There are enough worthwhile vanity pressings from the late 60s – mid 70s that make collecting a rewarding interest, though the really good ones (the Bachs, the Rising Storm, Wilson McKinley, Relatively Clean Rivers et al) are far and few between. Most of these records, while musically very good, are overpriced because so few quantities were initially pressed. Please be warned though, most private press albums are average at best – I’ve been disappointed many, many times. So naturally, when I bought the Riverman Music version (a Singpore cd reissue) of John Drendall, B.A. Thrower and Friends’ Papa Never Let Me Sing The Blues I was somewhat unsure of its quality, in other words, a skeptic.
Deacon Productions released 100 copies of Papa in 1971/1972. Both John Drendall (vocals/guitar) and B.A. Thrower (bass guitar/electric guitar/organ) lived on the campus of Michigan State University in Lansing. The two eventually moved into a suburban house with a spacious garage. This garage was turned into a studio where the group practiced hours on end. Eventually Drendall and Thrower found a studio in Kalamazoo that would record their experiments. Friends Tommy “Stiff Finger Eddie” Caruso (slide guitar), Mike “Elmo” Skory (keyboards), Vern “The Bopper” Albaugh (flute), Nelson Wood (harp), Jimmie Spillane (backgrounds), and Ross Maxwell (bells and anything else) add many valuable contributions to the album. Papa Never Let Me Sing The Blues is some very fine Americana, a true undiscovered gem.
The performances on Papa sparkle with a true level of professionalism. Drendall, Thrower and their “Friends” are all excellent musicians, the songwriting is stellar, and the production sounds top notch – on par with a major label rock group. Those of you who enjoyed Euphoria (the Texas country-rock group), Crazy Horse, and Everybody Knows This Is Nowhere era Neil Young will fall for this record in a big way. One of the songs on Papa, “Old Man Gibbs,” sounds like an early Neil Young number in that it’s a great rootsy rocker with stoned electric guitar work and burnt out lyrics. The album opener, “Cold Nite in August,” stands out as the album’s most blues oriented cut, 6+ minutes of laid back country-blues that’s well worth hearing. Other highlights are the title track and “Get Too Heavy,” both acoustic gems that feature solid guitar picking and in the case of the latter, good, close harmonies. Even the psychedelic numbers, “Black River Lady” and “I Feel” are fabulous mood music that conjures up a spacey atmosphere more in line with the late 60s. My favorite tracks are the nifty country-rocker “Bye Bye Mr. Jones,” with its amusing group dialogue and the great “Throw Off Your Troubled Past.” This last number features frantic guitar work (the guitarist really shreds up the fretboard on this one) and busy percussion; it’s really a treat to hear these last two numbers. The album as a whole is uniformly strong and a must hear; not a bad cut on this LP.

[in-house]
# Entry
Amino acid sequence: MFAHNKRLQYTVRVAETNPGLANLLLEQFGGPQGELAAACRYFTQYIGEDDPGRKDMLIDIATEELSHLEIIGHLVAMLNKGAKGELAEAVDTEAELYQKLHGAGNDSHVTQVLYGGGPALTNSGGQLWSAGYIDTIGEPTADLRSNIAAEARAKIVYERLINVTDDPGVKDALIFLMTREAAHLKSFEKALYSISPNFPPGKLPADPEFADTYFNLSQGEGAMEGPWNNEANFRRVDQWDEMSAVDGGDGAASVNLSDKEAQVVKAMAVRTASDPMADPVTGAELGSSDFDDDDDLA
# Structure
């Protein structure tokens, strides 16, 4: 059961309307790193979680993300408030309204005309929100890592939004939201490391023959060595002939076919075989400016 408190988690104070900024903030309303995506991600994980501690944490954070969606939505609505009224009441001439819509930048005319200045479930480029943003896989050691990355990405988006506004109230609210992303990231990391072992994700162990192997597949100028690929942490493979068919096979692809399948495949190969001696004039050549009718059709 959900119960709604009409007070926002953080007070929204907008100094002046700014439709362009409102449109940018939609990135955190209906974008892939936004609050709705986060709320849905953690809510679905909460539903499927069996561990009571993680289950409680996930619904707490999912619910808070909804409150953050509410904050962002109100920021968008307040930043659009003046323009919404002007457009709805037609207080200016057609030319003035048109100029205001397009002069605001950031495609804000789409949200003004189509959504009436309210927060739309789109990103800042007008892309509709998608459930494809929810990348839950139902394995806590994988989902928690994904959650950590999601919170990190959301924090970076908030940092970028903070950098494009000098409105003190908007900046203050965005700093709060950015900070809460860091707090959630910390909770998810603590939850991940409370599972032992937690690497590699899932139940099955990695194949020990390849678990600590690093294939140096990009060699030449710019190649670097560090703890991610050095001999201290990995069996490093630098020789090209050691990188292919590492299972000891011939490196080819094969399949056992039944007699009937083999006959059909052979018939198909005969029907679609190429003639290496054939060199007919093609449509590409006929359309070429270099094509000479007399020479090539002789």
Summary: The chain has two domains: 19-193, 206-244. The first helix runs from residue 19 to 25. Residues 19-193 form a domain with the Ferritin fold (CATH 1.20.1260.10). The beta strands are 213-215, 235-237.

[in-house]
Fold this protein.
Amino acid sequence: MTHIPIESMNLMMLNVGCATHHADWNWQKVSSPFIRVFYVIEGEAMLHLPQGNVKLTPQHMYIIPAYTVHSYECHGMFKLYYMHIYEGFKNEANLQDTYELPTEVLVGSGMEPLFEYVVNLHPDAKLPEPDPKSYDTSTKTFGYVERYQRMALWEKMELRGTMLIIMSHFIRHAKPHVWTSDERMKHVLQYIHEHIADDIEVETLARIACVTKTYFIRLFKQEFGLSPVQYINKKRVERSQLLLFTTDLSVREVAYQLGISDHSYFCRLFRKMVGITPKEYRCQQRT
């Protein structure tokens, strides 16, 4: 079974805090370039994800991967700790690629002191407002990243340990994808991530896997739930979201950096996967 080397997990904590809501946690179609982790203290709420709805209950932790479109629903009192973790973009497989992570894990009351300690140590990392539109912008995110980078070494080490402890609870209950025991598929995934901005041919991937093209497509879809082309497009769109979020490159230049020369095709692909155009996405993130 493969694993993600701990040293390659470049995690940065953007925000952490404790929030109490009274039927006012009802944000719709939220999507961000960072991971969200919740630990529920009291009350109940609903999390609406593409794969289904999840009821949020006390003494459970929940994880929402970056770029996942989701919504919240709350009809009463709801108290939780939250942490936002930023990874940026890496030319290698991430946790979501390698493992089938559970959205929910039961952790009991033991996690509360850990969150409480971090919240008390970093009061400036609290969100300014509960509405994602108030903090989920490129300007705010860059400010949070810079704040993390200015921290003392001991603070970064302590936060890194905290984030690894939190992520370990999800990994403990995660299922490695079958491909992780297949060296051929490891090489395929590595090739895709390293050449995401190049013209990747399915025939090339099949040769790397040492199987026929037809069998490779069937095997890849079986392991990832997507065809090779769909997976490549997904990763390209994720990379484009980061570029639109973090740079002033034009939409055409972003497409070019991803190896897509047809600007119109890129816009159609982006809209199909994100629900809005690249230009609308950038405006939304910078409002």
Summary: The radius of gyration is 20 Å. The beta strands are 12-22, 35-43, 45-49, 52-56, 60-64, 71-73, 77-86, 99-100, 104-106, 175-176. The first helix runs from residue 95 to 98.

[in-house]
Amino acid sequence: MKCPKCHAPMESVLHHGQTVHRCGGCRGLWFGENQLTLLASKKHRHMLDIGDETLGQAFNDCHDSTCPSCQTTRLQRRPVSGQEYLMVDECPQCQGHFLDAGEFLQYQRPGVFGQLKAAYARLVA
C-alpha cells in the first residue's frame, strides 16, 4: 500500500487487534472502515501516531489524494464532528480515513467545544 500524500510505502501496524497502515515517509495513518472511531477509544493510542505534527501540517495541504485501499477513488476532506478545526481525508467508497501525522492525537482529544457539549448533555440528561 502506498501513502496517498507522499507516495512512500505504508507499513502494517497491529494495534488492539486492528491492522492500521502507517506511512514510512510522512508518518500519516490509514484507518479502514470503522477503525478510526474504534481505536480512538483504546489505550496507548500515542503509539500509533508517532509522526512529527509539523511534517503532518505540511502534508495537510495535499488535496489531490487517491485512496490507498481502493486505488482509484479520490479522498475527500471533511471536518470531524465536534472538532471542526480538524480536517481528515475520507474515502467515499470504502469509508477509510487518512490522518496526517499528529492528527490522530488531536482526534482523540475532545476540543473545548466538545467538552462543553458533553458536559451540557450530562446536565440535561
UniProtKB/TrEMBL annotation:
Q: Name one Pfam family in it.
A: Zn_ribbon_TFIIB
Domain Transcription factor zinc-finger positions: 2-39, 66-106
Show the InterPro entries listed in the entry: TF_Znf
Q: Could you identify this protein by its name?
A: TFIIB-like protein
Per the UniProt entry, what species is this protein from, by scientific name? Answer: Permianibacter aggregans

So once again, Papa is a very accomplished work that should have been reissued years ago. There’s been plenty of great reissues in 2009 but Papa is one of the best I’ve heard so far. words / j. nardelli
MP3: Drendall, Thrower & Friends ::: Throw Off Your Troubled Past
MP3: Drendall, Thrower & Friends :: Get Too Heavy